10 Nov

Taking Losses in Your Portfolio for Tax Benefit Purposes

Grant Blindbury

Grant Blindbury

Grant Blindbury has been working in the Investment Advisory industry since 2003 managing assets of affluent individuals and pension plans. Grant earned his bachelor's degree in Business & Economics at the University of California at Los Angeles (UCLA) in 2001. Grant specializes in working with clients approaching or entering retirement and positions them for success by coordinating their most important financial affairs. Grant's goal, as his client’s personal CFO, is to deliver both the financial outcome and experience necessary to accomplish their most important goals. In 2007, Grant earned the professional credential CERTIFIED FINANCIAL PLANNER™ (CFP®). He is president of his local Estate Planning Council and participates in multiple professional learning groups. He is on the Board of Directors for Big Brothers Big Sisters of Ventura County as well as being a “Big” himself. From the outset he was drawn to the client-centric model that fee-based advisory services provided and joined forces with Fields Financial Associates, Inc. He would later partner with the founders of Fields Financial Associates to form FMB Wealth Management. He has been a licensed Investment Advisor since 2003.
Grant Blindbury

Let’s face it, none of us ever go into an investment thinking it will not work out, but this does occur and can end up resulting in a loss.  In these cases, we can use these losses to our advantage for tax planning purposes. Tax-loss harvesting is a powerful tool you can employ to convert losses into tax savings without diverting drastically from your long-term investment strategy or outcome.

Here’s how the strategy works:

First, make sure to consult with your financial advisor or accountant before making any decision based on what you learn here. Tax harvesting can be complex and change over time as tax laws change. Your financial professionals will have the best insight into current laws and practices.

Currently, investors can use unlimited losses to offset capital gains, but only claim up to $3,000 per year in losses against normal income.  However, any unused losses can be carried forward to use in future year.  For example, if you have a $9,000 loss, you can take a $3,000 deduction each year for three years. It’s important to understand that you won’t get the full $9,000 loss claim in one year unless you also have $9,000 in gains. Knowing this can help you offset other gains and income.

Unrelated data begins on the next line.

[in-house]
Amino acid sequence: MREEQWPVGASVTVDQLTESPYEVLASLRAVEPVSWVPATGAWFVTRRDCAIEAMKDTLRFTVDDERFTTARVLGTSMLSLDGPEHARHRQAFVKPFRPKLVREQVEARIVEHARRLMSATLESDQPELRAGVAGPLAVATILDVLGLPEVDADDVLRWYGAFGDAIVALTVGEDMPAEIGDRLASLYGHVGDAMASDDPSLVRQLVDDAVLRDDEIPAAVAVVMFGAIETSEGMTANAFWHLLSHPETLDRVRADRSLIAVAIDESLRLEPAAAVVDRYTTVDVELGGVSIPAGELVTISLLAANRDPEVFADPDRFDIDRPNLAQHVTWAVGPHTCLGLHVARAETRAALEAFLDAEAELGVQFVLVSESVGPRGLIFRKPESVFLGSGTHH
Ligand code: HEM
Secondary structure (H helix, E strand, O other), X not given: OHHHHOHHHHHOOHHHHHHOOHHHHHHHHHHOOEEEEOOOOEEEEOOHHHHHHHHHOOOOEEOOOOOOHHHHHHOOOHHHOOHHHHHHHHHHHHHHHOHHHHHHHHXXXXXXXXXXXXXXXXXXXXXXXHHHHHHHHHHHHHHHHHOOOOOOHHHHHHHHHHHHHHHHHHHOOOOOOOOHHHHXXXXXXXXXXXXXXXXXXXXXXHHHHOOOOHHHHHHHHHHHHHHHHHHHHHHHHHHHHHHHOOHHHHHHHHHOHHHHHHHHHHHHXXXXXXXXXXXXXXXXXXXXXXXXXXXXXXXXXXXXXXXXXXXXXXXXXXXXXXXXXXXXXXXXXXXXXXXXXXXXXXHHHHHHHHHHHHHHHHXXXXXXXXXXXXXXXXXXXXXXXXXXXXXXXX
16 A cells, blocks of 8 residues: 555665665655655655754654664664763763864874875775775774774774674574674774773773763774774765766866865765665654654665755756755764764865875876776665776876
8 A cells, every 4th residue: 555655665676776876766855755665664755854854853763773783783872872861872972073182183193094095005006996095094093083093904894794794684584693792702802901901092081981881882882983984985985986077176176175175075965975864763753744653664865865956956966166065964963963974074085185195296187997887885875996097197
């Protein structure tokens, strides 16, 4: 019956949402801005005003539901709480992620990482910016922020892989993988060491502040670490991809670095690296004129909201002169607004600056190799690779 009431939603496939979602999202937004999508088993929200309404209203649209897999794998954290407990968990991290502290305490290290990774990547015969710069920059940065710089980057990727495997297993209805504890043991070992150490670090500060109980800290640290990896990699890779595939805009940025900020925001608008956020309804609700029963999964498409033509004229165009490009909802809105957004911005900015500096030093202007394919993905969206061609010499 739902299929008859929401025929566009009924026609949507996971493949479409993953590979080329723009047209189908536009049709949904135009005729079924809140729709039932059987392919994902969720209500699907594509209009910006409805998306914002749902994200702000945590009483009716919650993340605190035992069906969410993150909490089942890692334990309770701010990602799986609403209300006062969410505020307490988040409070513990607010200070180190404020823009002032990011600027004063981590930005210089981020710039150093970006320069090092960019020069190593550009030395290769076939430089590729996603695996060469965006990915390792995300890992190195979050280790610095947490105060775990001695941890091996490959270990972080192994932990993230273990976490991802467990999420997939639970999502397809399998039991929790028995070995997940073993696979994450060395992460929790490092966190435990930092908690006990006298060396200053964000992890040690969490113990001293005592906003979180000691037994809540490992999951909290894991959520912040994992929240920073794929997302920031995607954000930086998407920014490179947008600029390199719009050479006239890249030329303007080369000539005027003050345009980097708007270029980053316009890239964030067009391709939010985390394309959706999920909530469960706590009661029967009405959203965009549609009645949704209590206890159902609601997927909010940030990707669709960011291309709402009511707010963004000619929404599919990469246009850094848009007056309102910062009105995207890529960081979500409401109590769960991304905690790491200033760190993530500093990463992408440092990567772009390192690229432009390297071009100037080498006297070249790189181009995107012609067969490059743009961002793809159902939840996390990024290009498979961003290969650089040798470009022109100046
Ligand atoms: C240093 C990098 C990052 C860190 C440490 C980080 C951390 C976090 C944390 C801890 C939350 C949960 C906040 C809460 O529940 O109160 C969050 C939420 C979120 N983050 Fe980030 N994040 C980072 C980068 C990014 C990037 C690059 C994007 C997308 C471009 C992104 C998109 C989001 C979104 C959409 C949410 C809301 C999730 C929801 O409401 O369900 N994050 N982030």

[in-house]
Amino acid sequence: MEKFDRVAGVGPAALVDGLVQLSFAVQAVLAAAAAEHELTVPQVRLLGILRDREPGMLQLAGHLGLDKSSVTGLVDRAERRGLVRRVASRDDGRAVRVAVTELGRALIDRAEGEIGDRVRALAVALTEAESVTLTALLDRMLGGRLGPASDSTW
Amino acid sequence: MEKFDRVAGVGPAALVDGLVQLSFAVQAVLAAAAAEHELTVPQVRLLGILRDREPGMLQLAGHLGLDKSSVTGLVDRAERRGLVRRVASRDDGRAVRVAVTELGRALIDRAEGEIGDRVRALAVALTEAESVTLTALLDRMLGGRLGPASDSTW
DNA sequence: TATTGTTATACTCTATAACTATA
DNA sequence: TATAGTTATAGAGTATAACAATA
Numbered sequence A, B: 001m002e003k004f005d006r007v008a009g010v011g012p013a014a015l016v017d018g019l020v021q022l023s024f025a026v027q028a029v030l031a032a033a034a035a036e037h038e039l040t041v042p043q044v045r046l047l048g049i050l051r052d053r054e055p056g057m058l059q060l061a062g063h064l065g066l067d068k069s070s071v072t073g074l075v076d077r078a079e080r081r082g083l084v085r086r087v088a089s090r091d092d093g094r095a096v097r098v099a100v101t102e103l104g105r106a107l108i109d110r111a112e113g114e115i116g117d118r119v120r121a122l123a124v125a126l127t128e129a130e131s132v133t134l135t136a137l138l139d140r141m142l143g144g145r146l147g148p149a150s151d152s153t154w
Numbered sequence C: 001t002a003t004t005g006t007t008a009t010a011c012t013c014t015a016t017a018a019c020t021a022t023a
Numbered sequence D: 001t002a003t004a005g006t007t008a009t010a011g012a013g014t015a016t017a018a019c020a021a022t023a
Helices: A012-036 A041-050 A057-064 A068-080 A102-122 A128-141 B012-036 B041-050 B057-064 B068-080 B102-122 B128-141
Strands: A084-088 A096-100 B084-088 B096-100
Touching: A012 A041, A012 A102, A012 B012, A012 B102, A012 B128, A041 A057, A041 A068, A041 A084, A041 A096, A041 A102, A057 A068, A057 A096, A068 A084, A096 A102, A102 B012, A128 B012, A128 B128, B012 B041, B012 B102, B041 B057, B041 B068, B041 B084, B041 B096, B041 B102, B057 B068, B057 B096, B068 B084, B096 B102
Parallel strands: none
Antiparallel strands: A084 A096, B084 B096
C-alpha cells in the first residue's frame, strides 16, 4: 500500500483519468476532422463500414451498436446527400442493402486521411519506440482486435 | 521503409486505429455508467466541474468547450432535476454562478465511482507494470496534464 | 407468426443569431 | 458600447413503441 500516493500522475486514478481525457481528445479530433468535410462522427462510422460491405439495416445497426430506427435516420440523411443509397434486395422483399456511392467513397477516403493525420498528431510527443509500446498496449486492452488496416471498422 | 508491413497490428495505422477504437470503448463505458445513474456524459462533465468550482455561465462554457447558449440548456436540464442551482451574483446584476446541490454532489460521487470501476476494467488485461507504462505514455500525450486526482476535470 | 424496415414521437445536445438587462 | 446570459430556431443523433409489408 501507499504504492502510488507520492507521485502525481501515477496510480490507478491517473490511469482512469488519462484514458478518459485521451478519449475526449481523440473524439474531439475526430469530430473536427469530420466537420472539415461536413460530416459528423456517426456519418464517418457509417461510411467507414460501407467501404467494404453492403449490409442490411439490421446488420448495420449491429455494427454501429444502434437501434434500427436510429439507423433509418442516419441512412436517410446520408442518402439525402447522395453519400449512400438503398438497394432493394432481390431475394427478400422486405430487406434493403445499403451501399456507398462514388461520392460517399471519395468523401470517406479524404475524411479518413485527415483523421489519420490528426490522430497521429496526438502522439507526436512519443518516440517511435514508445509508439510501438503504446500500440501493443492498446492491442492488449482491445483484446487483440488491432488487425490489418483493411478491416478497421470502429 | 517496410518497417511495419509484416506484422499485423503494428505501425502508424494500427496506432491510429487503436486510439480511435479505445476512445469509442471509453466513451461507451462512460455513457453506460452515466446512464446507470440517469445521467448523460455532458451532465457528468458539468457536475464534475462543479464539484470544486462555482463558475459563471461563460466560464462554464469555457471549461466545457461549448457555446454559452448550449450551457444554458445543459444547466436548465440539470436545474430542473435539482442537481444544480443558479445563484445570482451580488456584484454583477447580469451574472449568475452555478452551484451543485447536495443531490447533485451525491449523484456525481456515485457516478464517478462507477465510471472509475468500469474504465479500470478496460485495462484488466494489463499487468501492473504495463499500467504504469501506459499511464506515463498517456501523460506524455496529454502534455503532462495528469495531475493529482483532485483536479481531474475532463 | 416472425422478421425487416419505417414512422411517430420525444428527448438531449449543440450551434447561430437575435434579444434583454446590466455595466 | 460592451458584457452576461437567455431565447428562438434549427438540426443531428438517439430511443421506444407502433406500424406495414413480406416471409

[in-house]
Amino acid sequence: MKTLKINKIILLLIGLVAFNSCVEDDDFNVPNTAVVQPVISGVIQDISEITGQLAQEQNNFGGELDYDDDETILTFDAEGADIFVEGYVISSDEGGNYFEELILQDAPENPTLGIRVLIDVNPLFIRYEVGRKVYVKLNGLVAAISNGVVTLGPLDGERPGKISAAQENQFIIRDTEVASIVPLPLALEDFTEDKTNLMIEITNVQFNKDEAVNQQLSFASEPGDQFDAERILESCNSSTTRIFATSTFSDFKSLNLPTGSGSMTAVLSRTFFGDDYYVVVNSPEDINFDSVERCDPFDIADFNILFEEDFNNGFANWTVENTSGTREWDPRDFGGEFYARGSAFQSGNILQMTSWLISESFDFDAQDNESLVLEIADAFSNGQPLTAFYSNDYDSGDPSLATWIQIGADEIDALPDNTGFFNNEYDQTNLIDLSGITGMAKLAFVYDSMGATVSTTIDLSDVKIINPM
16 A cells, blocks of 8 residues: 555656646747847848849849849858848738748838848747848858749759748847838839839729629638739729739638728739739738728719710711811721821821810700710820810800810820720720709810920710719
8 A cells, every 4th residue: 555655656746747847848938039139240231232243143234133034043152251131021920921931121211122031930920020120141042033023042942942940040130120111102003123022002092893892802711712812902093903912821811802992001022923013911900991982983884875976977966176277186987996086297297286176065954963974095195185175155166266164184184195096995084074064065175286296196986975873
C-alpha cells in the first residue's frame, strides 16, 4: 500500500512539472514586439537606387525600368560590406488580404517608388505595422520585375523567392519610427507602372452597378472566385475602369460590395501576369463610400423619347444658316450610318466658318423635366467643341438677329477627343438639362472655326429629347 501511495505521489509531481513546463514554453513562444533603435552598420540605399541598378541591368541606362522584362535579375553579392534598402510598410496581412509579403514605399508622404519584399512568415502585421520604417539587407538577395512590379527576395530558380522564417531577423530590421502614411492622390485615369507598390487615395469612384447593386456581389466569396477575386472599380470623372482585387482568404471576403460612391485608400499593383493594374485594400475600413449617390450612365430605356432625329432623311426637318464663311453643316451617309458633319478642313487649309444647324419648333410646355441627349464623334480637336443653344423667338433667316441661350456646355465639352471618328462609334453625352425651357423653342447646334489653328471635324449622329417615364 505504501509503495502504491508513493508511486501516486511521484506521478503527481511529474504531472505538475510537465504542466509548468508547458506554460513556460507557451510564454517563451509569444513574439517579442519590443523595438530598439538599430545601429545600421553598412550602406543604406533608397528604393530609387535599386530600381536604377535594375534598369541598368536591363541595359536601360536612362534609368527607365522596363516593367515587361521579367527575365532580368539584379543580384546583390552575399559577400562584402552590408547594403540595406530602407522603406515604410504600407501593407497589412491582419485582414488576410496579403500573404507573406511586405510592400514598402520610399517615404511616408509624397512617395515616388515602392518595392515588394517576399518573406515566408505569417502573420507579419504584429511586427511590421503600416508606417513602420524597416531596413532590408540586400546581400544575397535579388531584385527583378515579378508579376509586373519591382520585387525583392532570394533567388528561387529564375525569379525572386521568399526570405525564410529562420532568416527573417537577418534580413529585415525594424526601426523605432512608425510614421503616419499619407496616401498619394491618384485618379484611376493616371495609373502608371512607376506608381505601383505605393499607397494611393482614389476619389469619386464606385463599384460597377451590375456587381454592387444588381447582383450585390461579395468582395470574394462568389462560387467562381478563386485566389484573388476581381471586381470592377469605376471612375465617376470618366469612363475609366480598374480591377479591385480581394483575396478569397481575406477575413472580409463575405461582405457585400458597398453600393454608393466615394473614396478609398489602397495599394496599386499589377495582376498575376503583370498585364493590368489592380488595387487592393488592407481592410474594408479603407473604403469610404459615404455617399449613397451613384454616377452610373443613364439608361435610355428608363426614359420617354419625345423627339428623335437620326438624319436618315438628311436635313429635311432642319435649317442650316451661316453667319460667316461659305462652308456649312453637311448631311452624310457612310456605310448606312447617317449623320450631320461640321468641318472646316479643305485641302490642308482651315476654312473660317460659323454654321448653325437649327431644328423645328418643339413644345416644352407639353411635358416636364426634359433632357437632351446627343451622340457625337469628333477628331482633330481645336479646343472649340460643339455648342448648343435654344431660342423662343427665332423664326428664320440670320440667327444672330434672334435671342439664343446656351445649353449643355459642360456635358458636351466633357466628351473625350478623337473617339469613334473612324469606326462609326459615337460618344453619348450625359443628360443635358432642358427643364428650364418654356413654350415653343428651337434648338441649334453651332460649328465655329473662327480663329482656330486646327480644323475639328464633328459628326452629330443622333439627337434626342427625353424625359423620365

Doing this correctly is a 3-step process to ensure you are correctly following IRS guidelines:

  1. Sell your shares for a loss.
  2. Reinvest in a similar, but not identical position.
  3. Reinvest in the original position at least 31 days later.

This is a powerful strategy to help you reduce your effective tax rate and increase your net worth. When used properly, tax harvesting can make significant improvements to your investment portfolio over long periods of time.  This works particularly well with index or passive mutual funds.  You can sell a fund that is linked to an specific index and at the same time buy another funds that is linked to a similar but not identical index.

However, there are some instances when it doesn’t make sense to implement this strategy:

  • If you plan on waiting 31 days to repurchase the original investment, it can be dangerous to utilize this strategy because of the dramatic market ups and downs that are present in these types of markets. It can be hard to time the trade exactly right and you may find that your loss turned back to break even in only one week’s time.  
  • Another poor implementation of this strategy is to use it when the trading costs don’t outweigh the tax savings. Remember that there are at least four trades involved here, each with a commission or a fee. When the tax savings will be minimal or equal to the total combined trading fees, it just doesn’t make sense to follow this model.
  • This strategy only works in your personal investment accounts and cannot be used in any retirement accounts such as a 401(k), IRA or Roth IRA.


Taking a loss is never in the initial purchase plan and none of us like being in a investment that is currently down.  However, knowing that there is a tax strategy that can help you save money on your taxes is very helpful to  continue steady growth and remain secure in your wealth management strategy into the future. If you are concerned about losses in your portfolio, contact your financial advisor to determine if tax-loss harvesting is an option for you.

Share this